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A video called “The Mayors,” (above) done by Ken Jones of KJ Video Productions (and a longtime KING5-TV videographer) brought down the house with its animated Jib-Jab scenes including the Mayors as Chippendale Dancers. Only Paul Schell was unable to attend in person, though he was “toasted” anyway as his cardboard cutout sat on stage and an “Anarchist from Eugene” ran out shouting pro-Schell slogans for the hospitality shown to radical demonstrators during the WTO convention. A mini-auction, raffle and “raise the paddle” segment led by Auctioneer Fred Granados featured several terrific items and fiercely competitive bidding. The evening concluded with a wry rendition of “Somewhere Over the Rainbow” followed by a Champagne & Chocolate After Party with Domaine Ste Michelle Brut (thanks to Carol Munro) and Theo’s Chocolates (thanks to Chuck Horne).

Special thanks to all those who sponsored tables or purchased tickets, for making this evening possible. Your generous (and tax-deductible) donations make the News Council’s important work possible. In addition, every dollar we receive this year will be matched by the Bill and Melinda Gates Foundation, thanks to a special “challenge grant” arranged by Bill Gates Sr. We can’t thank Bill Sr. and the Foundation enough for their generous support of the WNC since our founding in 1998.

Our annual Gridiron West Dinners, almost always held in the aftermath of the November elections, always attract a thoroughly bipartisan crowd. The event provides a welcome opportunity for Democrats and Republicans, liberals and conservatives, Green Partiers and Tea Partiers, to come together for an evening of fun and frolic despite deep political and ideological differences. It is our hope that by enjoying a nice dinner, pouring a bottle (or two) of wine, and sharing a few laughs, people who may be deeply at odds on issues and policy will find some common ground and maybe find ways to work together better. Hey, that’s what everyone says they want these days, isn’t it?

[Also have a look at coverage of the event from Seattle Metropolitan]


Burbank juggles TBTL podcast with life back on commercial radio

Just when Luke Burbank thought he’d left mainstream radio behind for good, KIRO came calling.

Burbank, known for his The Too Beautiful To Live podcast, signed on last week to join Dave Ross as co-host of KIRO’s mid-morning news and talk program.

While Burbank didn’t plan out his move back to commercial radio, he’s discovering he relishes the opportunity.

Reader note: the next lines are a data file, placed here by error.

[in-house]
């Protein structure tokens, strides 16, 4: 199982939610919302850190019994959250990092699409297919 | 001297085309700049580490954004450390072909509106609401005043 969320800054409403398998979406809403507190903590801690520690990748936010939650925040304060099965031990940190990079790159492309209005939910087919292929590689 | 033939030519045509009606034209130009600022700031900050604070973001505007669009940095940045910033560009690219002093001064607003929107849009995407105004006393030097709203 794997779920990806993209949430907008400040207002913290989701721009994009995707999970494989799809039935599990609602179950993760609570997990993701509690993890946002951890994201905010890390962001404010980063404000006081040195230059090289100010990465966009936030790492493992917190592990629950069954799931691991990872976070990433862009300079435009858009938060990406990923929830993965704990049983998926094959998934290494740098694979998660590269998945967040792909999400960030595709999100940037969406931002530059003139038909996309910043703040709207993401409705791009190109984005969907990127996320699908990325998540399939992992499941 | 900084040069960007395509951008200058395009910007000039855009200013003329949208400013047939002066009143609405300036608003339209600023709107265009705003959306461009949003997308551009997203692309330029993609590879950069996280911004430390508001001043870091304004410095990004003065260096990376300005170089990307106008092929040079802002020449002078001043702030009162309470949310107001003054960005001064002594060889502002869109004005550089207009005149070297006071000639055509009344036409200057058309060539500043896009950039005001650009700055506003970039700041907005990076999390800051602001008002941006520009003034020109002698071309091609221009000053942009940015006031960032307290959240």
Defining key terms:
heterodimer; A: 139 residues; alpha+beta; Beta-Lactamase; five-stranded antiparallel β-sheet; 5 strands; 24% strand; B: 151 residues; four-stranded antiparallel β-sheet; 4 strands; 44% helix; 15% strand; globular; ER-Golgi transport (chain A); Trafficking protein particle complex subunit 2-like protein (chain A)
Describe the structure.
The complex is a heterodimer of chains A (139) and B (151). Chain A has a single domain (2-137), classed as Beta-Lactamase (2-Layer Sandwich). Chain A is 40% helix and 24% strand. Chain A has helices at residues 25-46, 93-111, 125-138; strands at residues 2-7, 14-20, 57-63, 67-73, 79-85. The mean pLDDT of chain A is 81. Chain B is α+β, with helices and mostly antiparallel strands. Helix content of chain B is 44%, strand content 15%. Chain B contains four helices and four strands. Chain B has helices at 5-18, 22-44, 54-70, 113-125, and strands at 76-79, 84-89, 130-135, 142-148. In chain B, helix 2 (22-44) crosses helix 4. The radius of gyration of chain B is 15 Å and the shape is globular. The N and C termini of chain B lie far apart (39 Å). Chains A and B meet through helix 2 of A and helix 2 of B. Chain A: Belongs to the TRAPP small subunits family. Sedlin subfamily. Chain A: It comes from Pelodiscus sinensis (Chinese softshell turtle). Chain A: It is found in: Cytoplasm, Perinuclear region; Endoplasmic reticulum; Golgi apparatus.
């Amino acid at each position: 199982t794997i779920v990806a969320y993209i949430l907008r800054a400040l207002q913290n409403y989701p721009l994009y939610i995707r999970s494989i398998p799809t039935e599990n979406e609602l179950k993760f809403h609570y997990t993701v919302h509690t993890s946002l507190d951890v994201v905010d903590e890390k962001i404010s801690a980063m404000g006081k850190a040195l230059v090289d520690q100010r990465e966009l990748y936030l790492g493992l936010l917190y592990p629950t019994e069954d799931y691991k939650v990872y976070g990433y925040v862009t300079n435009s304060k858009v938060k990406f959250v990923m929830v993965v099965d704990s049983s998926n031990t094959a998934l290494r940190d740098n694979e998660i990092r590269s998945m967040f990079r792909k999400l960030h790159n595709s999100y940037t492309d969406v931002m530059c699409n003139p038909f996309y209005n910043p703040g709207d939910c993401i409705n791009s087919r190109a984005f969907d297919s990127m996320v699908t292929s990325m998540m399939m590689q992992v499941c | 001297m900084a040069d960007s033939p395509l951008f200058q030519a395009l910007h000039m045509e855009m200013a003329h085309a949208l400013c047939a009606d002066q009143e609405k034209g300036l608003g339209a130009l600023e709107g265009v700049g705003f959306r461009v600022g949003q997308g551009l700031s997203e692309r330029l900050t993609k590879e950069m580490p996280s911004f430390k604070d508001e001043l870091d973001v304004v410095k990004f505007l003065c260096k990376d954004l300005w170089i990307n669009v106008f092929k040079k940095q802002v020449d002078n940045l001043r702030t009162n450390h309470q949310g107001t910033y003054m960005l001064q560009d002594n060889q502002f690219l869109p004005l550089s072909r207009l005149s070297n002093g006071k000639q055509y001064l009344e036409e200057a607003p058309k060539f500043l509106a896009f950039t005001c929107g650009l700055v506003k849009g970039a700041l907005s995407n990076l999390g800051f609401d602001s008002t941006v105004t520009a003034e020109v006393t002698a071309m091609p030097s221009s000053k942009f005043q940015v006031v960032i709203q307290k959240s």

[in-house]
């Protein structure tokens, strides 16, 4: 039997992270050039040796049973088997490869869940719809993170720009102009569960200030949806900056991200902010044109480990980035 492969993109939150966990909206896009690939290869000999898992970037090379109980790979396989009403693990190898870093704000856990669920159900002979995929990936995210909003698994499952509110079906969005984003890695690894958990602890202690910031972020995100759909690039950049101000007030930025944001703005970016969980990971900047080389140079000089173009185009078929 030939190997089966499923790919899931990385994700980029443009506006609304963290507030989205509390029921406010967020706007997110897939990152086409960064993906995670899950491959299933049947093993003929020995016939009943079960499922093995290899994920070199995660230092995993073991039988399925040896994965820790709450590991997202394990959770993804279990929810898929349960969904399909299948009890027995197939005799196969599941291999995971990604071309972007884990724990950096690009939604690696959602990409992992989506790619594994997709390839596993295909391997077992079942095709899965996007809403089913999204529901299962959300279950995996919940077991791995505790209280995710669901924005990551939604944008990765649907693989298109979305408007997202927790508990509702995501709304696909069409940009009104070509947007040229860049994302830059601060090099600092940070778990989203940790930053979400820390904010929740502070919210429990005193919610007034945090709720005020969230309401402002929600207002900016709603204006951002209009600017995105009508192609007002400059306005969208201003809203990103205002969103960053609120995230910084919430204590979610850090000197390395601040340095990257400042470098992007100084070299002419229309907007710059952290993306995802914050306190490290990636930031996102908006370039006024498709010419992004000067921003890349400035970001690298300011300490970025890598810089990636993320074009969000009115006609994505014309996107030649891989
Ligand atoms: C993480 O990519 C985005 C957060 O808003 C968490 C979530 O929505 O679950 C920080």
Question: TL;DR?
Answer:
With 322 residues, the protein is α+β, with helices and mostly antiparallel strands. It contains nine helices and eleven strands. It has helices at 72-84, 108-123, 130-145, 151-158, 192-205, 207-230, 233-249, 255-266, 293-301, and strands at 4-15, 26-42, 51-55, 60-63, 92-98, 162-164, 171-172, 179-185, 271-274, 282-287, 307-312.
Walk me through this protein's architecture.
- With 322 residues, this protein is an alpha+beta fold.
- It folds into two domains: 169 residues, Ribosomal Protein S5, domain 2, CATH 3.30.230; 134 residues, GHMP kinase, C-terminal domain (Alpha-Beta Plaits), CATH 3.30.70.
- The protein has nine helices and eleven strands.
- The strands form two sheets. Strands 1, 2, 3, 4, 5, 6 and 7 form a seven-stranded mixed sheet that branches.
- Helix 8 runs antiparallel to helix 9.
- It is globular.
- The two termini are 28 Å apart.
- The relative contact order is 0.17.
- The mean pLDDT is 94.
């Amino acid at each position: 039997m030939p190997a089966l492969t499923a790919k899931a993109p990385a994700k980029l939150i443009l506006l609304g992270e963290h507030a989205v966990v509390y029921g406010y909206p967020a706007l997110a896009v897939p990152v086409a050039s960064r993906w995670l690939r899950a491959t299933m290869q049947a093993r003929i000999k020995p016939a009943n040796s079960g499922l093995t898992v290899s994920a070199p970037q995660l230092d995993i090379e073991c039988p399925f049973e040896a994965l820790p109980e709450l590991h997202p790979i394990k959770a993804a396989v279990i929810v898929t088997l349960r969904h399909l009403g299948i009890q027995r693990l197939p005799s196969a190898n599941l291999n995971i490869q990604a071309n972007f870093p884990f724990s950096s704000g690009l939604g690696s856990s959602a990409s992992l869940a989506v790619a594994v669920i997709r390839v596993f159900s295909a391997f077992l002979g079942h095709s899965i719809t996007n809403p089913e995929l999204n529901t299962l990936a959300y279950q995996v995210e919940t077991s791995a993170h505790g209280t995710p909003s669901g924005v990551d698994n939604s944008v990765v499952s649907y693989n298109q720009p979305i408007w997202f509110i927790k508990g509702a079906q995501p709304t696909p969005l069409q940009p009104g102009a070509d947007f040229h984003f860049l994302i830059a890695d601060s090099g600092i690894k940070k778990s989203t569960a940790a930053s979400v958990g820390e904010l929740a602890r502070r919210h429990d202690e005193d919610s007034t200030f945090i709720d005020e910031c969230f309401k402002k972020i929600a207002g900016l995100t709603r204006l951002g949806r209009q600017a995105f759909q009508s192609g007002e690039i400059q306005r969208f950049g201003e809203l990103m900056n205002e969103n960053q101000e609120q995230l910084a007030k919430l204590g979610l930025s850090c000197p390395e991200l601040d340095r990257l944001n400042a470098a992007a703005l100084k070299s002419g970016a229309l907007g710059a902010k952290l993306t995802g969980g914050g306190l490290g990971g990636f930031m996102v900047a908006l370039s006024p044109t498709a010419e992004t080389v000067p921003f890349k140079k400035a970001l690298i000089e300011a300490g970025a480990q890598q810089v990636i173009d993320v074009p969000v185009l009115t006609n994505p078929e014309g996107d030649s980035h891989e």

“It’s pretty cool having my mom and girlfriend listen to me on the radio each day again,” Burbank said. “I’m enjoying it more than I thought.”

Burbank was first approached by KIRO in September. At the time, he was happily riding the rising popularity of his podcast, which is known to listeners as TBTL. Since KIRO canceled his show by the same name late last year, Burbank had been producing it on his own.

By this fall, TBTL was pulling in an impressive 1.7 million downloads each month. Burbank loved having control of his on-air future, and figured he’d never need to work for commercial radio again.

But KIRO’s station leaders had other plans. About six months ago, Burbank started calling into the Dave Ross show every Tuesday for a chat and update on TBTL. In September, KIRO called Burbank and said they thought the conversations were going so well, would Luke be interested in sitting in with Dave on the show on a trial basis?

Burbank didn’t know if the gig would be permanent, but he decided to give it a whirl. And just last week, he was offered the formal co-host position.

Burbank didn’t take the decision to move back to KIRO lightly. He didn’t want to compromise the rising success of TBTL. And he also didn’t want to put the fate of his career back in the fickle hands of commercial radio.

“I think I’d talked myself into believing there was no benefit to being on commercial radio,” Burbank said. “But that was also probably partly because no one was offering me a job.”

Burbank decided that he would join Ross, but he wouldn’t end TBTL. With advertisers now paying for spots on TBTL, the podcast has become its own self-sustaining enterprise. Burbank didn’t want to give that up.

“TBTL is my baby,” Burbank said.